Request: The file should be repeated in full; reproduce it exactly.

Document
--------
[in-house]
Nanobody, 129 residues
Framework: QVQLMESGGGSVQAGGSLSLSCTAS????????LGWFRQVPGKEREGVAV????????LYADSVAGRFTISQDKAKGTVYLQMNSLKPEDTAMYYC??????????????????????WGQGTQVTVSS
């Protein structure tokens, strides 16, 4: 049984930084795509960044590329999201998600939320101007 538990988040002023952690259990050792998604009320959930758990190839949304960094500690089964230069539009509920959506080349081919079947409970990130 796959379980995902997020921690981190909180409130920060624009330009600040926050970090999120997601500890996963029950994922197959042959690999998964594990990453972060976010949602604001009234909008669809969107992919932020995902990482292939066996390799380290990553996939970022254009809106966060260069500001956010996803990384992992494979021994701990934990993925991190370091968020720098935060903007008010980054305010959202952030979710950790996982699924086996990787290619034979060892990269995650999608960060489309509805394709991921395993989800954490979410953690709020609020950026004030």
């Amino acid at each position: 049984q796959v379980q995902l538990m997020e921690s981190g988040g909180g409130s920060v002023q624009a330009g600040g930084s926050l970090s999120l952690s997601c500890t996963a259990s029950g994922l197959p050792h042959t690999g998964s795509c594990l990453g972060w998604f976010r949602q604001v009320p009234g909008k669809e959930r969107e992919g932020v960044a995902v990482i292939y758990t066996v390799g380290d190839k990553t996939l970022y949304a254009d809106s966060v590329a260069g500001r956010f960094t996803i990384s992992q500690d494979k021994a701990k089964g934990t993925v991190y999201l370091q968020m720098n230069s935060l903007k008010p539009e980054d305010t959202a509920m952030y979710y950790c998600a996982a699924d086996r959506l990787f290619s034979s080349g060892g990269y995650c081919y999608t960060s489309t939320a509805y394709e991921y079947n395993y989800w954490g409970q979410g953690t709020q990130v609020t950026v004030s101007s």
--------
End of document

[in-house]
Nanobody, 129 residues
Framework: QVQLMESGGGSVQAGGSLSLSCTAS????????LGWFRQVPGKEREGVAV????????LYADSVAGRFTISQDKAKGTVYLQMNSLKPEDTAMYYC??????????????????????WGQGTQVTVSS
């Protein structure tokens, strides 16, 4: 049984930084795509960044590329999201998600939320101007 538990988040002023952690259990050792998604009320959930758990190839949304960094500690089964230069539009509920959506080349081919079947409970990130 796959379980995902997020921690981190909180409130920060624009330009600040926050970090999120997601500890996963029950994922197959042959690999998964594990990453972060976010949602604001009234909008669809969107992919932020995902990482292939066996390799380290990553996939970022254009809106966060260069500001956010996803990384992992494979021994701990934990993925991190370091968020720098935060903007008010980054305010959202952030979710950790996982699924086996990787290619034979060892990269995650999608960060489309509805394709991921395993989800954490979410953690709020609020950026004030």
């Amino acid at each position: 049984q796959v379980q995902l538990m997020e921690s981190g988040g909180g409130s920060v002023q624009a330009g600040g930084s926050l970090s999120l952690s997601c500890t996963a259990s029950g994922l197959p050792h042959t690999g998964s795509c594990l990453g972060w998604f976010r949602q604001v009320p009234g909008k669809e959930r969107e992919g932020v960044a995902v990482i292939y758990t066996v390799g380290d190839k990553t996939l970022y949304a254009d809106s966060v590329a260069g500001r956010f960094t996803i990384s992992q500690d494979k021994a701990k089964g934990t993925v991190y999201l370091q968020m720098n230069s935060l903007k008010p539009e980054d305010t959202a509920m952030y979710y950790c998600a996982a699924d086996r959506l990787f290619s034979s080349g060892g990269y995650c081919y999608t960060s489309t939320a509805y394709e991921y079947n395993y989800w954490g409970q979410g953690t709020q990130v609020t950026v004030s101007s």